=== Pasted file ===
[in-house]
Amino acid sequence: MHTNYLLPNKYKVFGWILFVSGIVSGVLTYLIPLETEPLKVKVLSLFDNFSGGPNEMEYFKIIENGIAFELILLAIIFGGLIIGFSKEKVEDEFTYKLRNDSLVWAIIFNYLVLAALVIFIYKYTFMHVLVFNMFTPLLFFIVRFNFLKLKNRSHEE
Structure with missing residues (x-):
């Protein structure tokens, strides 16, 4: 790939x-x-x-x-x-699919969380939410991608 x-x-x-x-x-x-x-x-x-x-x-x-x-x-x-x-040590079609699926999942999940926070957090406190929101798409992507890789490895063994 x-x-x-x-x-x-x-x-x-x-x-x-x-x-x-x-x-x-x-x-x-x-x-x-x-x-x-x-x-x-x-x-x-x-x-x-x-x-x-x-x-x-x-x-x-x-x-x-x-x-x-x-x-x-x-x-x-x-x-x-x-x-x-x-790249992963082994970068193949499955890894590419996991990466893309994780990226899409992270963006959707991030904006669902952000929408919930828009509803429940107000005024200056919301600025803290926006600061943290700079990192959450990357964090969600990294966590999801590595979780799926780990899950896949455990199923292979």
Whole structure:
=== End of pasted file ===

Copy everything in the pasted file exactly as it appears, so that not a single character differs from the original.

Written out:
[in-house]
Amino acid sequence: MHTNYLLPNKYKVFGWILFVSGIVSGVLTYLIPLETEPLKVKVLSLFDNFSGGPNEMEYFKIIENGIAFELILLAIIFGGLIIGFSKEKVEDEFTYKLRNDSLVWAIIFNYLVLAALVIFIYKYTFMHVLVFNMFTPLLFFIVRFNFLKLKNRSHEE
Structure with missing residues (x-):
């Protein structure tokens, strides 16, 4: 790939x-x-x-x-x-699919969380939410991608 x-x-x-x-x-x-x-x-x-x-x-x-x-x-x-x-040590079609699926999942999940926070957090406190929101798409992507890789490895063994 x-x-x-x-x-x-x-x-x-x-x-x-x-x-x-x-x-x-x-x-x-x-x-x-x-x-x-x-x-x-x-x-x-x-x-x-x-x-x-x-x-x-x-x-x-x-x-x-x-x-x-x-x-x-x-x-x-x-x-x-x-x-x-x-790249992963082994970068193949499955890894590419996991990466893309994780990226899409992270963006959707991030904006669902952000929408919930828009509803429940107000005024200056919301600025803290926006600061943290700079990192959450990357964090969600990294966590999801590595979780799926780990899950896949455990199923292979």
Whole structure: